The Administration’s intention is to maximize our unique geographical location, in close proximity, both to the richest consumer markets in the world, as well as to the Panama Canal. Our expectation is that this development will lead to significant growth in transhipment activity, in tourism, in light manufacturing as well as in the ICT sector.


In order to ensure that these developments take place, there will be the need for close collaboration between the various support sectors such as education and training, and health. I wish to assure you that these are not ‘pipe dreams.

      Already work is well underway with the construction of the North/South link of Highway 2000.

      We intend to open Section 2 (Linstead and Moneague) by mid-year with Sections 1 and 3 (Kingston to Linstead and Moneague to Ocho Rios, respectively) scheduled for opening in early 2016.

      The positive spin-offs which will result from this investment are significant.


I am particularly excited about the opportunities resulting from the drastically-reduced travel times, for developing Kingston and Spanish Town as tourism centres based on the rich historical and cultural heritage of both urban centres. The plans for the privatization of the Kingston Container Terminal are for advanced.

We expect to select the preferred concessionaire, who will be investing significant resources into expansion and development of the port facilities. Whilst the IMF Agreement has received much public attention in terms of the economy, the actions being taken to stimulate growth and economic expansion are of greater significance. These are expected to yield benefits, leading us to achieving our major objectives articulated in Vision 2030.



My administration will never lose sight of the fact that our major objective is to systematically raise the living standards of the country, in general and, in particular, those at the bottom of the socio-economic ladder.


Rapid economic growth is a laudable objective, but unless such growth provides greater opportunities for those who are anchored at the bottom, the objectives listed in Vision 2030 will remain mere illusions for the majority of the population. We are doing all we can to pit in place the facilities which will provide new opportunities for the poor; within the constraints of the limited fiscal resources available.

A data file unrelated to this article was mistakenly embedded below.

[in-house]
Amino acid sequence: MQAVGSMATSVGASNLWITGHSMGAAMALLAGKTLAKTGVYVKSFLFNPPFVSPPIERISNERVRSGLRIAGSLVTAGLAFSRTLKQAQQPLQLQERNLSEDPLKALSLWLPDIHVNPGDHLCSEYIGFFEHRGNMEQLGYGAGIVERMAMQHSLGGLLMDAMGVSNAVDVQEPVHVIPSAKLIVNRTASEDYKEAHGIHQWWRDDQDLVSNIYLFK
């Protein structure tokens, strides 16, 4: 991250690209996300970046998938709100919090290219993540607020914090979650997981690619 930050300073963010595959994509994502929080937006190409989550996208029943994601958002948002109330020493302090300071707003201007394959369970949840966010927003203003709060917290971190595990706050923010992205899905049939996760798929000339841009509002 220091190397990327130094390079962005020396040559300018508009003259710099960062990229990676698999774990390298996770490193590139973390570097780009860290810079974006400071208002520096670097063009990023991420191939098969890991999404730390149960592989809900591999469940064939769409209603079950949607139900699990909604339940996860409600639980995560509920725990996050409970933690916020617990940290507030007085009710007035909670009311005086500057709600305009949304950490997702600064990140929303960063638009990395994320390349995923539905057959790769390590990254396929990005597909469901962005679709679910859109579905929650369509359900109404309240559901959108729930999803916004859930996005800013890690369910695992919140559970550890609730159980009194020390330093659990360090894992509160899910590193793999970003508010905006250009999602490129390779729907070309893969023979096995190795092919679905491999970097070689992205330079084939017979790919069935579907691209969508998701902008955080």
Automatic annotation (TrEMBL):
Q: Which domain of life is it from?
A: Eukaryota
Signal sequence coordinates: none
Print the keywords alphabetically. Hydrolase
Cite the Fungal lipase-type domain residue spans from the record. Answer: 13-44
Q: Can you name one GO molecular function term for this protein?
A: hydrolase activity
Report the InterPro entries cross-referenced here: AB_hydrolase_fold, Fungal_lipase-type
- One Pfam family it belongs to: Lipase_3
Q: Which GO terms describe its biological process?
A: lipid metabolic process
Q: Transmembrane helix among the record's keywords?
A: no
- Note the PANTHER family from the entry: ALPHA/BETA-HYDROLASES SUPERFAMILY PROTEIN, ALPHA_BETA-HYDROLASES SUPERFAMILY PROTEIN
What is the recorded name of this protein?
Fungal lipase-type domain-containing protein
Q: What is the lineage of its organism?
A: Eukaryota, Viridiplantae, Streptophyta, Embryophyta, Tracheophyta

We have sought to carve out resources to be allocated to programmes specially designed to alleviate the challenges faced by those sectors of the society who would continue to be mired in poverty including those considered to be the working poor, without the assistance of the State. The reform of our education system is on in earnest, in order to open up opportunities for the entire population. This objective will remain a mainstay in our social and economic planning.


We recognize that unless we facilitate the environment that provides opportunities for upward socio economic mobility for the majority of the population, it will be impossible for the nation as a whole to progress.

Ladies and gentlemen, domestic and international investors:

My Administration fully recognizes the need to be fiscally prudent and to stay the course in reducing the debt ratios and the deficit. Clear signs of an expanding economy will provide those who presently see little chance of an improvement in their lives, with the notion that they have the opportunity to benefit from the growth and prosperity which will take place. It is within this context that we remain steadfast in terms of our commitment to the objectives laid out in Vision 2030. It is also in this context that we intend to successfully meet the conditionalities of the Extended Fund Facility negotiated with the IMF.


For us the IMF Agreement is not an end in itself, but rather a stepping stone towards achieving economic growth with equity on our way to meeting the objectives laid out in Vision 2030. There is an indelible and undeniable link between economic growth and social development; between the quality of the economy and the quality of life of all citizens.


That is the substance of the message that I seek to communicate whenever I speak about ‘Balancing the books while balancing People’s Lives.’ Every Jamaican deserves the opportunity for a balanced life. Every Jamaican must have an opportunity to earn a decent living, make a home and raise their families in beautiful Jamaica.


We propose to do our best to leave no one behind. This is the philosophy which will shape our dialogue and it is against this background that we rise to meet the challenges of today and achieve the vision for tomorrow. This is the only practical way to economic development and social progress.

We have seen tough times before and we have overcome. My Government intends to lead our resilient people, our industrious people to greater prosperity. We will overcome the social and economic challenges we face. We will make Jamaica the place of choice to live, work, raise families and do business. The Government is committed to this Vision. We welcome your active involvement in our development process.


HD Carbury reminds us that;

It takes a mighty fire to create a great people

It takes a mighty fire to smelt true steel

To create and temper steel needs patience and endurance,

But When that steel is smelted

and when that steel is cast,

Oh what a steel and what a people shall my people be

but oh what steel and what a people are my people.

I thank you. God bless you and good night.